My attempt at making a rudimentary RC car with a couple of attiny-85 and some 433Mhz Modules.
Since the initial tests shows how jittery the motors are. It is time to take a look and see what is going on.
To test whether or not it is the fault of the code, I ran the RC car as it was connected to the pwm generating atttiny85.
A voltmeter was attached to the input pin of the receiving pin and ground and the measurement was the frequency.
This was also done when the modules were used (not connected).
Here are the results:
However when the modules get involved that is when the trouble begins.
The frequency jumps all over the place, therefore I will assume that some sort of unity gain buffer or amplifier will be needed.
I also believe that using variable duty cycle as a signal protocol/encoder is not the best option. It may be beneficial next time to try to use a different form of encoding/signal protocol like UART, USART, ICP, SPI, Manchester and etc.
The goal of these initial tests with prototype cardboard RC car was to gauge how well my setup was regarding the wireless modules, code, circuity and etc.
Any changes that I make to any of these will be compared to this benchmark to see if performance has gotten better or worse.
After reviewing the video, it seems that there are many issues with the car including a lot on inconsistent jittering. The problem is that I am not sure if it is the code at fault or the circuity or both.
Therefore, the next step will be to take measurements when the car is connected to the transmitting attiny85 and when it is not to see when and where the jittering occurs.
Now that the receiving attiny85 can differentiate between the different duty cycles and engage the correct state. All that has to be now is to make each state a function and turn on the necessary bits for l298n motor controller.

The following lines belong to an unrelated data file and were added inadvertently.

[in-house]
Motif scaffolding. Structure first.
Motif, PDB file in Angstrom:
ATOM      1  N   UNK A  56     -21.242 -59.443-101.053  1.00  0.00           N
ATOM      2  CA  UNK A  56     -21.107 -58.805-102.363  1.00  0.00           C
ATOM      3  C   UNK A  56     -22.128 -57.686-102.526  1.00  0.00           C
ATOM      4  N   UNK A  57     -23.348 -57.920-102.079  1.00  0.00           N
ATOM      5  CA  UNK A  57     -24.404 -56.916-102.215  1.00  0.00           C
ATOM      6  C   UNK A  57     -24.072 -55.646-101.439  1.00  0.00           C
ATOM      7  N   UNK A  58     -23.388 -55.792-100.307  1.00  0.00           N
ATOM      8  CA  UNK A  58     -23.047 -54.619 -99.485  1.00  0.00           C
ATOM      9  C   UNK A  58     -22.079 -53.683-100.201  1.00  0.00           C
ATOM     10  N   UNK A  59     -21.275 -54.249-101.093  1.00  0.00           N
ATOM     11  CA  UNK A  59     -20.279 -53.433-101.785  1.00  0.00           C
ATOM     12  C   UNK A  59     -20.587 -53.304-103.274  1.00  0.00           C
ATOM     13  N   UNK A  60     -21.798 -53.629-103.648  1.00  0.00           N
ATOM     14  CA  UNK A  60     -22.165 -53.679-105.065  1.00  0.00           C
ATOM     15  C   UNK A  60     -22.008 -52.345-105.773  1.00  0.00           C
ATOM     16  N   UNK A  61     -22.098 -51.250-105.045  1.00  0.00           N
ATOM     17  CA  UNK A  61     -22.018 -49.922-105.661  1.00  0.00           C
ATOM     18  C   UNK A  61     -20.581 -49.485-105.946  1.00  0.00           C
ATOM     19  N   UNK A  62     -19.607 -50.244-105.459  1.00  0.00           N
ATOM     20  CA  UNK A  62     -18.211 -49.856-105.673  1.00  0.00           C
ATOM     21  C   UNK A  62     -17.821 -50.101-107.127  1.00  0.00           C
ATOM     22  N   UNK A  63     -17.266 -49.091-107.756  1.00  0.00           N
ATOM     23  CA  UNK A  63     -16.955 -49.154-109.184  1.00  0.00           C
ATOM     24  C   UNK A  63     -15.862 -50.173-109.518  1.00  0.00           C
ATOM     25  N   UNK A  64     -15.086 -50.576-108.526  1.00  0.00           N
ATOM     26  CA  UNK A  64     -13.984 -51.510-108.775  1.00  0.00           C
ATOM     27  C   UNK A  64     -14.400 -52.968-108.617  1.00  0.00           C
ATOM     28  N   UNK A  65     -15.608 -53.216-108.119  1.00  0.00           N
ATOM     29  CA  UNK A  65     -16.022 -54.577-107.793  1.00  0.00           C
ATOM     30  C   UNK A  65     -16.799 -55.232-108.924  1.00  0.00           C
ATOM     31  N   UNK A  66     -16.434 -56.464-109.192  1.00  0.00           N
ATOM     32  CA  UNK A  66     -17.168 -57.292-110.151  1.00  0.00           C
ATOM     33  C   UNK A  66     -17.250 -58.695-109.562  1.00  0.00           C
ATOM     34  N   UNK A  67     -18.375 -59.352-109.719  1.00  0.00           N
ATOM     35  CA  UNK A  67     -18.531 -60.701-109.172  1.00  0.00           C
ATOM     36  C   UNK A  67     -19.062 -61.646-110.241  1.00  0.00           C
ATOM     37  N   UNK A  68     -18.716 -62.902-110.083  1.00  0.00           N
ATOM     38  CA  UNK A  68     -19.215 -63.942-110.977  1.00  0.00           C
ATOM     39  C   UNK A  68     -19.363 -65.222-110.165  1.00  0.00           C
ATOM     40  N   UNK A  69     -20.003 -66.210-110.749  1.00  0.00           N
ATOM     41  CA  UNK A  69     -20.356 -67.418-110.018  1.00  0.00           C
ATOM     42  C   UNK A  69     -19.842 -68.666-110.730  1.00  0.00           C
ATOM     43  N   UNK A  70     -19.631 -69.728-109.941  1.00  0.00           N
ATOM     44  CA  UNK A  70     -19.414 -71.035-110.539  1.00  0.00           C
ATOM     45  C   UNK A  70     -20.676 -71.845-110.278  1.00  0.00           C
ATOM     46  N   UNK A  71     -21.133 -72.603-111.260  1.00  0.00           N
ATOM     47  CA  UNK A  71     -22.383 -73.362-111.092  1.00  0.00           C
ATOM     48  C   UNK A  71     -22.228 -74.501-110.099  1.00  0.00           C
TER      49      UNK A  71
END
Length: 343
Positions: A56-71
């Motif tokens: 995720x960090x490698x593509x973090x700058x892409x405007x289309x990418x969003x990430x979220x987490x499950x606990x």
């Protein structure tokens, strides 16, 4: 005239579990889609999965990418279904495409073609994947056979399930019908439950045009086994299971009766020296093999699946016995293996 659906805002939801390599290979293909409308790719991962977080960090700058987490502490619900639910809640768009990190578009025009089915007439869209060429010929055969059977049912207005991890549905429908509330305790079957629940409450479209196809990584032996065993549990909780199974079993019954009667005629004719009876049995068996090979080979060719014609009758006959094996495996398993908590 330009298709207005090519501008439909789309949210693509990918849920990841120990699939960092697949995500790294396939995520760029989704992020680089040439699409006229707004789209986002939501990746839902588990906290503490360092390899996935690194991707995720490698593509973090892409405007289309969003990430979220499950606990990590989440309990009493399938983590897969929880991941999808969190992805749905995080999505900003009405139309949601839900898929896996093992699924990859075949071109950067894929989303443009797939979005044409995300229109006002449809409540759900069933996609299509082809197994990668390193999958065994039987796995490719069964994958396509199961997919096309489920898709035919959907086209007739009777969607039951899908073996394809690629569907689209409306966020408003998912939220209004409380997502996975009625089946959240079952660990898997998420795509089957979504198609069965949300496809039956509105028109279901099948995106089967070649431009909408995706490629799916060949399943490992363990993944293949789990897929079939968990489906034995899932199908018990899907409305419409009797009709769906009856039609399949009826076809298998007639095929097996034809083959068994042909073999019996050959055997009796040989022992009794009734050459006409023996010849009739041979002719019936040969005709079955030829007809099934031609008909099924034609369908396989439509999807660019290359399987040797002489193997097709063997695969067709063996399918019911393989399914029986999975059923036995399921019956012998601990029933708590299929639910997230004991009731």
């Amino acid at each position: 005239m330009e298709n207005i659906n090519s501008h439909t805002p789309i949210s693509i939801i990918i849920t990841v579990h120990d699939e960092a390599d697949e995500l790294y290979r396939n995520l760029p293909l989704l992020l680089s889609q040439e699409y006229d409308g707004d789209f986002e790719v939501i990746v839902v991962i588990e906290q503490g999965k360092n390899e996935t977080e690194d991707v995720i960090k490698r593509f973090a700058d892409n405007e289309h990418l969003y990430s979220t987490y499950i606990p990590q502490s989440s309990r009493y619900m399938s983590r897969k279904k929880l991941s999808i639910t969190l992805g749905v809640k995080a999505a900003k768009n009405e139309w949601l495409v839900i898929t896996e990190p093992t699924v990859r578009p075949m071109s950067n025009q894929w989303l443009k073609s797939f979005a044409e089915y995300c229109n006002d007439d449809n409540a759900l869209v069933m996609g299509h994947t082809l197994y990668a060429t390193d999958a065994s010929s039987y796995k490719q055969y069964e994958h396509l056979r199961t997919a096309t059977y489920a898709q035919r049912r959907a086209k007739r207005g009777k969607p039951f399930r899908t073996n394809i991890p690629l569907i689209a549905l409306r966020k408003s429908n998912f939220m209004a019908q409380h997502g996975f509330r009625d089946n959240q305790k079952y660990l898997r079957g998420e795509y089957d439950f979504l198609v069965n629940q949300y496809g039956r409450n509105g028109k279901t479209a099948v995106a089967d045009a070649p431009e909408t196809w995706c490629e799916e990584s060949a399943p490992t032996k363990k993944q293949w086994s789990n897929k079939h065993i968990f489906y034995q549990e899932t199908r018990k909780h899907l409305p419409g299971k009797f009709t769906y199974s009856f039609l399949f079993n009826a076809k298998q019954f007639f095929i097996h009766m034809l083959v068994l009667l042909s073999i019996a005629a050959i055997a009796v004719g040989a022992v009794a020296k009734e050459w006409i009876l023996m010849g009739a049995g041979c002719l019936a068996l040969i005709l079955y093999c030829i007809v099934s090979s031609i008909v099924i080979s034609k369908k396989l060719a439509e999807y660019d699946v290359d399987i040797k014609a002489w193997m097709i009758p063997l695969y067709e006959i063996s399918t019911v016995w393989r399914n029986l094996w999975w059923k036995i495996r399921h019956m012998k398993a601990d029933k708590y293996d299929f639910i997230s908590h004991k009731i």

To test whether all of this will be enough for a full fledged RC car, it is time to make a prototype RC car and see how well it runs with code and hardware at hand.
Here I programed the receiving attiny85 to sample the incoming pwm signal when it was high. When the signal becomes high, a ctc counter starts and counts the amount of the time the signal has been high for, thus giving our duty cycle.
With this, at specific duty cycles, a certain state will turn on. With 4 different duty cycles that could be make from the transmitter attiny85, there were 4 different states that could be turned on from the receiver side.
Here is as demo of it:
Since the state machine was working, that means the duty cycle measuring technique works, so for now on will use this method of signal encoding.
For my first time trying to establish wireless communication, I thought about sending varying duty cycles of pwm, to the attiny 85.
One attiny85 would have buttons that would change the duty cycle of a pwm signal. This pwm signal is then inputted into the ADC of the attiny85 where is it then sampled and the voltage level is read.
Since different duty cycles of pwm, result in different voltage levels I thought the ADC wouldn't have a problem reading the voltage of the pwm.
However, this did not work not, instead the leds started blinking at certain rates depending of the duty cycle that was created (button pressed). It seemed that the ADC wasn't working with the pwm signal at all.
After some time, I found out that reducing the pwm frequency and getting the receiving attiny85 to measure the duty cycle of the pwm instead of treating it like a voltage value would be a better way of sending data.